The plaintiff Saadati was injured in a motor vehicle collision. He sued the other defendants in negligence seeking compensation for income loss and nonpecuniary damages (pain and suffering). The plaintiff claims he suffered psychological injuries in the accident that resulted in personality changes and cognitive deficits that made it difficult to concentrate.

However, at the trial the plaintiff did not call any evidence from medical experts to indicate that he had ever been diagnosed with any type of psychiatric illness. Instead, the plaintiff relied upon testimony from friends and family members who said that after the car accident Saadati’s personality had changed.

Posted in: Uncategorized

Good news from the Supreme Court of Canada for injured victims of underinsured drivers

by Mark Raftus

What is SEF44 coverage?

In an article and video on the McKiggan Hebert website John McKiggan discussed how the SEF44 Family Protection Endorsement works. But a recent decision from the Supreme Court of Canada has made some important rulings that impact how SEF44 coverage can be used to protect you and your family.

Sabean v Portage Mutual Insurance Company

Is my Nova Scotia “Minor Injury” claim capped at $7500.00?

by John McKiggan

Minor Injury Cap

This is a question I get asked a lot. Some people have heard that Nova Scotia has a law that places a “cap” on the amount of compensation that people can receive if they have been injured in a car accident.

The law places a cap on the amount of compensation that you can get for what lawyers refer to as  “non-pecuniary damages”. Everybody else calls it compensation for “pain and suffering”. We explain this in more detail in my article: What is my Nova Scotia Personal Injury Claim Worth?

Let’s help make pedestrians safer on Spring Garden Road in Halifax

by John McKiggan

We have been trying to raise awareness to make Halifax a safer city for our pedestrians. See for example Mark Raftus’ recent article: Protecting Pedestrians with Innovative Ideas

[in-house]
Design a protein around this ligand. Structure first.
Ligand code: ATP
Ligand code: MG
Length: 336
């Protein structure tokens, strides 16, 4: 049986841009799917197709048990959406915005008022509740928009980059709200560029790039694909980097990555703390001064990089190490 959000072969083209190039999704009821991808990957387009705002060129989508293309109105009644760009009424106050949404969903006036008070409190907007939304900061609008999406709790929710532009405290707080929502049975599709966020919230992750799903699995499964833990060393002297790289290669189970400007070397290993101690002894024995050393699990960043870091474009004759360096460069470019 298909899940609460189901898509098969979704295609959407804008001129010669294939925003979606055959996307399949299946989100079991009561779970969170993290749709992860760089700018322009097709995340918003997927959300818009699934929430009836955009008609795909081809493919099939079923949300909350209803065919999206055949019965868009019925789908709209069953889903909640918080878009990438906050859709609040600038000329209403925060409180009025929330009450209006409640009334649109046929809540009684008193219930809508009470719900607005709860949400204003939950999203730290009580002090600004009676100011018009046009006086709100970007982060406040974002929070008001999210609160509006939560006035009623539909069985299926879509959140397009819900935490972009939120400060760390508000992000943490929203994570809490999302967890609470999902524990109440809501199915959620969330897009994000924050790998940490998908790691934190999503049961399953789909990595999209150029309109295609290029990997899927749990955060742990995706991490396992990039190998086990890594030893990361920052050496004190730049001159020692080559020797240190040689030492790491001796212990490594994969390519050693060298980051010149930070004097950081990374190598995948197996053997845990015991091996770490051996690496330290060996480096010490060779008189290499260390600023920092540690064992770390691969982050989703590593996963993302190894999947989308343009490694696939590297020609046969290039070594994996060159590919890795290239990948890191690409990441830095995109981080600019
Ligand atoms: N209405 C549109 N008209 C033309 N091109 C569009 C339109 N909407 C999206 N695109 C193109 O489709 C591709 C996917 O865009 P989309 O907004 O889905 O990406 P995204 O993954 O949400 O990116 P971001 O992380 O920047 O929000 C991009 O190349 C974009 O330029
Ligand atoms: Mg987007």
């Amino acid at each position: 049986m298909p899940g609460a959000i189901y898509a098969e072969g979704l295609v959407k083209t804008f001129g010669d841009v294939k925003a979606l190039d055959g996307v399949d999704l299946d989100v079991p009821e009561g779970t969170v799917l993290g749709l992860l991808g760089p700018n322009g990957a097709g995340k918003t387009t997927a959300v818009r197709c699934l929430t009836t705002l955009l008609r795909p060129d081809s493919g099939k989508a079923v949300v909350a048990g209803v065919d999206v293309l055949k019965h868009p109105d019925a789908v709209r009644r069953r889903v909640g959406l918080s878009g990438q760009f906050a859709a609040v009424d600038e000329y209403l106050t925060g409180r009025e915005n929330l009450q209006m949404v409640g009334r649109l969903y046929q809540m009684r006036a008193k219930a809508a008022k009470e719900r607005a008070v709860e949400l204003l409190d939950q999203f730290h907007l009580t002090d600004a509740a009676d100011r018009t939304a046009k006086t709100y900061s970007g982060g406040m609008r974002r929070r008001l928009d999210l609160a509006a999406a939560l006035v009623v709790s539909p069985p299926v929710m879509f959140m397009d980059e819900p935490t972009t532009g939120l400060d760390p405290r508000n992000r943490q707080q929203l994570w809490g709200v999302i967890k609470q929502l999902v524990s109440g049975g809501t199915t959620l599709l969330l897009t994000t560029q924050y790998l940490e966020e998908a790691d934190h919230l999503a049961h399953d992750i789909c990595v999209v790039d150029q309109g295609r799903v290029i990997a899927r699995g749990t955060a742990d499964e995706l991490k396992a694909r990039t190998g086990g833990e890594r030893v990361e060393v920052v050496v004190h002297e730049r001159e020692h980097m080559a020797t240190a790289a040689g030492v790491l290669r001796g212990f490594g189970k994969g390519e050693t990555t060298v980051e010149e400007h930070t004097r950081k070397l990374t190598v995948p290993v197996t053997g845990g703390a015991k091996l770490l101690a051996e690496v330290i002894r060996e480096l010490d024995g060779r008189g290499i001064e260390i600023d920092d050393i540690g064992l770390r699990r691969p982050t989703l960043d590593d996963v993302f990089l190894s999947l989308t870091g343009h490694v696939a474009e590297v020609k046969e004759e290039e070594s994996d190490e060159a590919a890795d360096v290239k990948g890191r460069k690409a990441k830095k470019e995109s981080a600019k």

Petition to Lower Speed Limit on Spring Garden

Spring_Garden_Road_at_Queen_StreetHalifax City Council recently approved a plan to improve streetscaping and lighting along Spring Garden Road to make it more pedestrian friendly. We believe that pedestrians should be able to safely walk the streets of Halifax. However, there were 208 pedestrian accidents last year (2015) and a disproportionate number happened on Spring Garden. There are three intersections on Spring Garden that have averaged 6 pedestrian-car collisions over the last few years. As business owners on this Road, we’ve launching a petition to reduce the speed to 30km per hour, ensuring a safer street for everyone.

How “buying Canadian” can protect your family when vacation injuries strike

by Brian Hebert

Avoid vacation litigation nightmares.

Avoid vacation litigation nightmares.

One of my pet peeves is the way many resort owners in Mexico and the Caribbean have structured their operations to shield themselves from liability for injuries they cause to their guests through their own negligence.  Canadians can, and should, take steps to avoid being left empty-handed in the event of vacation accidents.

Each winter over 3 million Canadians book vacation packages to Mexico and the Caribbean. Unfortunately, many of them will be injured while at their resort or while participating in an off-resort excursion. Their injuries will range from minor cuts and bruises to quadriplegia and everything in between. Some injuries will even prove fatal. Sadly, for these travelers and their families, when an injury is caused by the fault of another, obtaining full and fair compensation can be difficult.